short hike, long history
The historic Dragoon Springs Stage Station, on the northern edge of the Dragoon Mountains, is a site full of western history and brutal violence. The hike to its ruins, although exceedingly short, is worth the effort if you are in the area. One can also hike beyond the stage station ruins up Jordan Canyon, to Dragoon Spring itself.
In 1857, John Butterfield, after being awarded a government mail contract, constructed a stagecoach route that came to be known as the Butterfield Trail, between St. Louis and San Francisco. The route crossed southern Arizona, and stagecoach stations were constructed every twenty miles or so along the route, taking advantage of dependable water sources when possible. Dragoon Springs was one of these sources, and a station was constructed near the springs in August 1858. The heavily fortified station consisted of a 3 foot thick, 10 foot high stone wall, 45 feet by 55 feet enclosing the site, with 2 small rooms inside the enclosure. Stock was corralled within the walls.
The station got off to a violent start on the night of September 8, 1858, when three laborers attacked and killed three station employees wielding axes and a hammer. Employee Silas St. John's arm was nearly severed by an axe blow, but he managed to grab a rifle and a pistol and began firing, at which point the attackers fled. Silas lay in agony for several days, and fought off coyotes, vultures, and wolves, before help finally arrived. Silas lost his left arm, but recovered. The first Butterfield mail stage arrived on October 2, 1858.
A Confederate Army foraging party that was gathering stray cattle was attacked at Dragoon Springs on May 5, 1862, by Apaches under command of Cochise and Francisco. Four Confederate soldiers were killed, and buried at the stage station. Their graves can be seen today.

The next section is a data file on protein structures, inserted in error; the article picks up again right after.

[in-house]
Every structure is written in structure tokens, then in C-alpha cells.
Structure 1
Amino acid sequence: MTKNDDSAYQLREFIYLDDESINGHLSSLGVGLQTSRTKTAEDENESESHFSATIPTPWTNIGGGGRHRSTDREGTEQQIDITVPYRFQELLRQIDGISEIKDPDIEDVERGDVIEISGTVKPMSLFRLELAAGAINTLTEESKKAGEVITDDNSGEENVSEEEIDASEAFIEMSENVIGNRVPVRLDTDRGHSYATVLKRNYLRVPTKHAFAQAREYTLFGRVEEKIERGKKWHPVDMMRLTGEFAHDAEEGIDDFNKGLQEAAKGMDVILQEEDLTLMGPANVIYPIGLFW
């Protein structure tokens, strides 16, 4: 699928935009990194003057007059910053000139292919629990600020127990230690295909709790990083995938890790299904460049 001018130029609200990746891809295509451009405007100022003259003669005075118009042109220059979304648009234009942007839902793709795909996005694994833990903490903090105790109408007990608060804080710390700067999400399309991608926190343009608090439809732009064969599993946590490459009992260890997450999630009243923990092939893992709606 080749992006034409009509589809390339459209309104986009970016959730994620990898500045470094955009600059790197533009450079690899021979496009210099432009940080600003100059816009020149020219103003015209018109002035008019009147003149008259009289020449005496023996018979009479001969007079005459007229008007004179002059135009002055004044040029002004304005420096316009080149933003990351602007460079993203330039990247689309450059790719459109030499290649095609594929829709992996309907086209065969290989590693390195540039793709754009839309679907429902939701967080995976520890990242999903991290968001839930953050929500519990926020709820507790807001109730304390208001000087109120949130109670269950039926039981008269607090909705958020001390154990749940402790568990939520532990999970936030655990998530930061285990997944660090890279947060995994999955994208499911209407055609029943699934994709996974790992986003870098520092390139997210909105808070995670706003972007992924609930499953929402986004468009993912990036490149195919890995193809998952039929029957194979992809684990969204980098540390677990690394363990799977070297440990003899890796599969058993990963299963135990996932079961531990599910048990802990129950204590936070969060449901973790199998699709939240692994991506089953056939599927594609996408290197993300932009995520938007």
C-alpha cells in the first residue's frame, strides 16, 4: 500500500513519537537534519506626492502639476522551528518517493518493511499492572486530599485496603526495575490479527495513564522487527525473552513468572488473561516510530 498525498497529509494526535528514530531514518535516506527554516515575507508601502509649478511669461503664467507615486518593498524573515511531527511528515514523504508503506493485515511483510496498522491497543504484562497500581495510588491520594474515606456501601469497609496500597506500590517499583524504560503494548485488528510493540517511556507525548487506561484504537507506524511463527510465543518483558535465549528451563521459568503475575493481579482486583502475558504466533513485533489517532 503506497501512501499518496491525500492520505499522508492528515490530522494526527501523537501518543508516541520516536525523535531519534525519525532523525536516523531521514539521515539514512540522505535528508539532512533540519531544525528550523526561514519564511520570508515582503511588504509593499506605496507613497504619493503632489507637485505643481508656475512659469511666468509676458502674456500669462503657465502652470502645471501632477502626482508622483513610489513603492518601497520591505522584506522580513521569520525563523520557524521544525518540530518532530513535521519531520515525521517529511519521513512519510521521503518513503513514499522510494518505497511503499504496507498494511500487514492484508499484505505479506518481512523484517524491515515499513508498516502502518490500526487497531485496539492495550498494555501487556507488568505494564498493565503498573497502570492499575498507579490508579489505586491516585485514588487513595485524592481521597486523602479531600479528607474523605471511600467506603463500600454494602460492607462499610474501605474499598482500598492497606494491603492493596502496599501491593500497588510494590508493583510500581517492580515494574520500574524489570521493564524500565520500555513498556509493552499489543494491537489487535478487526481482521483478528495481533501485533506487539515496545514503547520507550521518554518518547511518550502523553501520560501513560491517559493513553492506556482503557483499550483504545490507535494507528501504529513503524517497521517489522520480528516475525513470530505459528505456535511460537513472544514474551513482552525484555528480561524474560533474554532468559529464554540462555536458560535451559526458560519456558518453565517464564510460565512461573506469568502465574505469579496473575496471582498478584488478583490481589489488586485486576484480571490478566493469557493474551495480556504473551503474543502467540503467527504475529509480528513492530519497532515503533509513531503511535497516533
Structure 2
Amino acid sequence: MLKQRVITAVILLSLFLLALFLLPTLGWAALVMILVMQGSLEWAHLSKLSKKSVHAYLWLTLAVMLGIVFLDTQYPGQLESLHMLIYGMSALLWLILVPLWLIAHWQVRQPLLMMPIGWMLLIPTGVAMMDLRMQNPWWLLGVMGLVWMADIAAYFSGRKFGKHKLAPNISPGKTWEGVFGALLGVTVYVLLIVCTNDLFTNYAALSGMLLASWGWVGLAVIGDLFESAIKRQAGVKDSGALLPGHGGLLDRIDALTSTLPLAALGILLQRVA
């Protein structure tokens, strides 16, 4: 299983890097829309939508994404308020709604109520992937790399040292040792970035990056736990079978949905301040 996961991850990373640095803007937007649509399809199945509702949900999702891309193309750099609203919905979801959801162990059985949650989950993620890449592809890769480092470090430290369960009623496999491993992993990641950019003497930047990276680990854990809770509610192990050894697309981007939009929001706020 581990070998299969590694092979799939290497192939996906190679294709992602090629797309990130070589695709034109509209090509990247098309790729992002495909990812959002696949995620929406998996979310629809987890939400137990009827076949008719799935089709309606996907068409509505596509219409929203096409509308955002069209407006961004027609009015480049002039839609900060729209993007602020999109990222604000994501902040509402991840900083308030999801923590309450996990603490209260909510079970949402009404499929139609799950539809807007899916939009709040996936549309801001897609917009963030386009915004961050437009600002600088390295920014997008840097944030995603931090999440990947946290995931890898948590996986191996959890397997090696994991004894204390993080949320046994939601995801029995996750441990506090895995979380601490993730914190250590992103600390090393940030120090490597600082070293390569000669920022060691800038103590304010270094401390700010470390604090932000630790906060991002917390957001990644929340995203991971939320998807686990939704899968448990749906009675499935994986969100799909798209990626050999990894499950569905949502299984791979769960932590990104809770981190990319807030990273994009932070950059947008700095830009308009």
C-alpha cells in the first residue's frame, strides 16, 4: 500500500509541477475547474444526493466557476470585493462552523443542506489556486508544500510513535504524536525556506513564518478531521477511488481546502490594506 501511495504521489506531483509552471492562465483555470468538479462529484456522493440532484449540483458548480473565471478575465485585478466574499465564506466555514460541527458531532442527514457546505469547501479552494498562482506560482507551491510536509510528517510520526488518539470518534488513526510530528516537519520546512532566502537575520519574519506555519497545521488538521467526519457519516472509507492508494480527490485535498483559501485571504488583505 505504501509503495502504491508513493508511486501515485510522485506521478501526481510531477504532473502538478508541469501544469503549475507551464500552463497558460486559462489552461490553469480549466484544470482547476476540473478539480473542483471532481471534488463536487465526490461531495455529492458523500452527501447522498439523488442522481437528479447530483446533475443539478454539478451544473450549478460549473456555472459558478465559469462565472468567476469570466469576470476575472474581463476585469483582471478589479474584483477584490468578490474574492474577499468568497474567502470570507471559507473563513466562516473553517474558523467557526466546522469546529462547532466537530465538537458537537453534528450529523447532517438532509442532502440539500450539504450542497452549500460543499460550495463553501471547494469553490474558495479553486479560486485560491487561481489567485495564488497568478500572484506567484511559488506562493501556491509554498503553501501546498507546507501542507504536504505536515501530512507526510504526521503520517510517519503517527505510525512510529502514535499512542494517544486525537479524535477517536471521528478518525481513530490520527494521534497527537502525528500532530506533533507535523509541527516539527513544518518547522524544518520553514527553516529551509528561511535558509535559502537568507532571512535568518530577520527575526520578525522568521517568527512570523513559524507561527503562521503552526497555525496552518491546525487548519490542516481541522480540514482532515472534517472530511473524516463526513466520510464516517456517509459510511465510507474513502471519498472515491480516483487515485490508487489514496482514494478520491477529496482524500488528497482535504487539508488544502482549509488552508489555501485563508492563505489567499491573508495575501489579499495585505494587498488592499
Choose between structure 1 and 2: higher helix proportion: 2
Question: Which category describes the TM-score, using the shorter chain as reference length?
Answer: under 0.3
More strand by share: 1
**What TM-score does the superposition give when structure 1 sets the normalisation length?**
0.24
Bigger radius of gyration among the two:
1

Several days after the famous Council Rocks peace meeting between Cochise and General Howard near the mouth of Stronghold Canyon West, a formal meeting was held at Dragoon Springs on October 12, 1872. It was here that the boundaries of the new Chiricahua Apache Reservation were laid out. The Reservation extended east to New Mexico, and south to Mexico, and included the Dragoon Mountains. The Reservation was short lived, only lasting until 1876.
First locate the Dragoon Springs Stage Station sign next to the road (1.1 miles up Forest Road 4232 from Old Ranch Road, and 0.7 miles past the signed Coronado National forest boundary). Begin hiking up the path that departs from behind the sign. The path travels north, climbing a low grassy rise, and crosses through a fence along the way. The path quickly arrives at a large, rectangular rock wall, maybe 4 to 5 feet high. This is the ruin of the stage station. A few yards further north are the graves of the Confederate soldiers. Several interpretive plaques inform visitors of the site's history. Visible to the north is Dragoon Pass and the Texas Canyon area. Immediately to the south and east, the Dragoon Mountains rise from the surrounding plains. Return the same way.
One can also continue hiking (or driving) for another mile along Forest Road 4232 to the Dragoon Springs area, in Jordan Canyon. A rock wall among the oak trees in the wash may be Dragoon Spring. If so, it is in disrepair, as I did not see any water. A well beaten cow path heads up Jordan Canyon for aways before fading away.
WARNING! Hiking and outdoor related sports can be dangerous. Be responsible and prepare for the trip. Study the area you are entering and plan accordingly. Dress for the current and unexpected weather changes. Take plenty of water. Never go alone. Make an itinerary with your plan(s), route(s), destination(s) and expected return time. Give your itinerary to trusted family and/or friends.